To examine the relationship between corneal biomechanical properties and the degree of myopia. Methods Chinese subjects (n=172, age: 11-65 years) were divided into diagnostic groups with non-myopia (spherical equivalence (SE)<-0.50 D), low (-3.00≥SE≥-0.50 D), moderate (-6.00≥SE≥-3.00 D), and high myopia (SE>-6.00 D). Only the right eye of each subject was analyzed. Central corneal thickness (CCT) was measured by optical coherence tomography. An ocular response analyzer was used to measure corneal hysteresis (CH), corneal resistance factor (CRF), intraocular pressure (IOP), and corneal compensated IOP (IOPcc). Refraction was measured by both automated and subjective refractometry and expressed as SE. Results CH was significantly lower in high myopia compared with both low and non-myopia (P≥0.002). CCT was 1.5 times more correlated to CH variation compared with refraction. Similarly, CRF was four times more dependent on CCT than refraction. CH (P>0.001) or CRF (P=0.005) was positively correlated to refraction. Both IOP and IOPcc were negatively correlated to refraction (P>0.001), respectively. Conclusions CH decreases only in high myopia. Refraction is positively correlated to both CH and CRF but negatively correlated to both IOP and IOPcc. These results indicate that the mechanical strength in anterior segment of the eye is compromised in high myopia. In addition, high myopia may increase the risk of glaucoma.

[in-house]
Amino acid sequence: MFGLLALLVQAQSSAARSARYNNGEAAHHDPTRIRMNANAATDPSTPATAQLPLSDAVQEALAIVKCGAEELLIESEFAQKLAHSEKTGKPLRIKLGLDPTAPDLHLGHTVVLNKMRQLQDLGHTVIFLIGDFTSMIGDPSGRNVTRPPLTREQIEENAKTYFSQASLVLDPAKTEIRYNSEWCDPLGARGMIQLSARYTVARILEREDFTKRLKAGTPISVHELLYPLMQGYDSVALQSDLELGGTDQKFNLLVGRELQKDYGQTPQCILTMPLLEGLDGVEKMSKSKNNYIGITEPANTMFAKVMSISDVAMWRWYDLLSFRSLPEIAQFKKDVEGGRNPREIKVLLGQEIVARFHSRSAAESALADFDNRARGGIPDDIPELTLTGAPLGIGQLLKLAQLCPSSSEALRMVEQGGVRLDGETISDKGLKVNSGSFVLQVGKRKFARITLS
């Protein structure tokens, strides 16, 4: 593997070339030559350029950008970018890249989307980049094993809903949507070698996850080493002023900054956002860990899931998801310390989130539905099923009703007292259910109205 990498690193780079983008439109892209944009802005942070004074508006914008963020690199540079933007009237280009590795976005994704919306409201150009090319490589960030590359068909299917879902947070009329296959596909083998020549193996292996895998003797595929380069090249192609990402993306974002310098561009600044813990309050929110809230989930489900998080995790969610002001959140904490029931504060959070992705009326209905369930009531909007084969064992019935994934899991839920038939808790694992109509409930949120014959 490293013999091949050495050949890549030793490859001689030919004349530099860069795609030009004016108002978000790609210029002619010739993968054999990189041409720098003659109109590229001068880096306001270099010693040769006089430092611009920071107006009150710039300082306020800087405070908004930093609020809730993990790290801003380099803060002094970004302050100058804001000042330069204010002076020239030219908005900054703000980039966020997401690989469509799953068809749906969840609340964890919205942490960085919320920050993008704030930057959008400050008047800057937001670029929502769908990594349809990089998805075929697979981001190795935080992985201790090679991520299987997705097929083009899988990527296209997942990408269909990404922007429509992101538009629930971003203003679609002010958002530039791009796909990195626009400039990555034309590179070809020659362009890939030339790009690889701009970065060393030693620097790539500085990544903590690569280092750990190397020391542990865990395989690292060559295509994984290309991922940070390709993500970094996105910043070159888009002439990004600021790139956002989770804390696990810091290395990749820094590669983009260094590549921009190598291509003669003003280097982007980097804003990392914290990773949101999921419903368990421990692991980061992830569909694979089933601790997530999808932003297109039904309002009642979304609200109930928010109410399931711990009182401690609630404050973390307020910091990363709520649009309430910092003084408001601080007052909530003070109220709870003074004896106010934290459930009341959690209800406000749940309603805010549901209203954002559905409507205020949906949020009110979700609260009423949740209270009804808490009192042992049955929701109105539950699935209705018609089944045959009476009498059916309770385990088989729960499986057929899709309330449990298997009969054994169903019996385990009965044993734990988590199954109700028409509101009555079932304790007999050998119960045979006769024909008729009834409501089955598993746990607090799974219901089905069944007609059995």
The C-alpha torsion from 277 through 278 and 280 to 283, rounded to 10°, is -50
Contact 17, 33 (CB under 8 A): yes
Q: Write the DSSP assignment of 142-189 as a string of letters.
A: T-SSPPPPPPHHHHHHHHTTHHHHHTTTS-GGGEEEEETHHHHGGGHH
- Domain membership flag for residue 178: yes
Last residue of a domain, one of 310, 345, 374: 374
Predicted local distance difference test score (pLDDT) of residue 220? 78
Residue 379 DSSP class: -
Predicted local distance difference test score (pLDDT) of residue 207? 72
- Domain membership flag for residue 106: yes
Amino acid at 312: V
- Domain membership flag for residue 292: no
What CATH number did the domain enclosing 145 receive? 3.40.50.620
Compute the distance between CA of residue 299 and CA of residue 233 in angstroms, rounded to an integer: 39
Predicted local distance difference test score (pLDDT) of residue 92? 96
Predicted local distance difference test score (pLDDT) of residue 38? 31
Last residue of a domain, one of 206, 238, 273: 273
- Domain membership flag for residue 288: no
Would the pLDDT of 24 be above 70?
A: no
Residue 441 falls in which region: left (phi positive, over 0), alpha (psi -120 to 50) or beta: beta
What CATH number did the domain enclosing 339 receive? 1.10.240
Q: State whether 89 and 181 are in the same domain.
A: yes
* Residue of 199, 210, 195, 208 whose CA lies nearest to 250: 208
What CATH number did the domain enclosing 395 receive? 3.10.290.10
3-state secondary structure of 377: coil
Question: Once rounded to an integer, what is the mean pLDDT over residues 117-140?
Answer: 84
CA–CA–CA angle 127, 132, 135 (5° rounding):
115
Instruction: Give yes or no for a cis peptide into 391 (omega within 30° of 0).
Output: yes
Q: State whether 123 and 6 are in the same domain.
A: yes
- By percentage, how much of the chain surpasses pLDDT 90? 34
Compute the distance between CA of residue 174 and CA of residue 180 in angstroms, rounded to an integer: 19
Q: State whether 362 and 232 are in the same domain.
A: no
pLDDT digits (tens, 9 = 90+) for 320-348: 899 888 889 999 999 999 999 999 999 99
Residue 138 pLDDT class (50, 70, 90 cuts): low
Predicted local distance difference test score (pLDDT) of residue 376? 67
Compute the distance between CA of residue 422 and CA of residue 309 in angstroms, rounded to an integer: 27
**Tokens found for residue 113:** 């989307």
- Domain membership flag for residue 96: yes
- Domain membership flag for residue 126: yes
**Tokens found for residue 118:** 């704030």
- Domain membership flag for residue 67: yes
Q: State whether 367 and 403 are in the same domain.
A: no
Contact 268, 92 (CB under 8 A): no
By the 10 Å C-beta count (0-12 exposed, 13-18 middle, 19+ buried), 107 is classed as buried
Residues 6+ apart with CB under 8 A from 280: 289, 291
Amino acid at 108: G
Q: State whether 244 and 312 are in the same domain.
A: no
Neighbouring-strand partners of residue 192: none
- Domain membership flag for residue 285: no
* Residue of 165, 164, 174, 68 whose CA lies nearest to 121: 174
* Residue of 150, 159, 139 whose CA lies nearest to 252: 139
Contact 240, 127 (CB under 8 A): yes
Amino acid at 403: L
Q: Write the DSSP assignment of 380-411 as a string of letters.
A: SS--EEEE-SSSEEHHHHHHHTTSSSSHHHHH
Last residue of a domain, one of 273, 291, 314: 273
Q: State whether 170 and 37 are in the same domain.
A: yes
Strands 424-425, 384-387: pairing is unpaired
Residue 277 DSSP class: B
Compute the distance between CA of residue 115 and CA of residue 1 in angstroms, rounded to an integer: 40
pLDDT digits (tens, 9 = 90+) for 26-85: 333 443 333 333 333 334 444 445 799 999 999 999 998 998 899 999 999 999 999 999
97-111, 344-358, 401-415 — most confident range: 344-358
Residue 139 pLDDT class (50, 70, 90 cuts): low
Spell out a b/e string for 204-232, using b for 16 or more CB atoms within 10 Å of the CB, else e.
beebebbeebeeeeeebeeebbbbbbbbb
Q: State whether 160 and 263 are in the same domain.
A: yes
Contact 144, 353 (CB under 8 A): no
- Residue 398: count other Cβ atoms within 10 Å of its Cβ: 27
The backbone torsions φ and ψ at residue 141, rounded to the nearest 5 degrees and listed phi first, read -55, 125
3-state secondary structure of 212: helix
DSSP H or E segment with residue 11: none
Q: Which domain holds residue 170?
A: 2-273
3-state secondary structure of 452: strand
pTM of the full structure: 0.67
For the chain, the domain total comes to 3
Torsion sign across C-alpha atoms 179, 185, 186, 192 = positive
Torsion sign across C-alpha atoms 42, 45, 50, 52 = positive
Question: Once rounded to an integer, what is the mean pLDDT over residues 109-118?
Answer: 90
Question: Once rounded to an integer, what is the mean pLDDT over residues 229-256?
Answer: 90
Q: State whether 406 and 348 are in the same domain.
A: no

- central corneal thickness
- corneal biomechanical properties
ASJC Scopus subject areas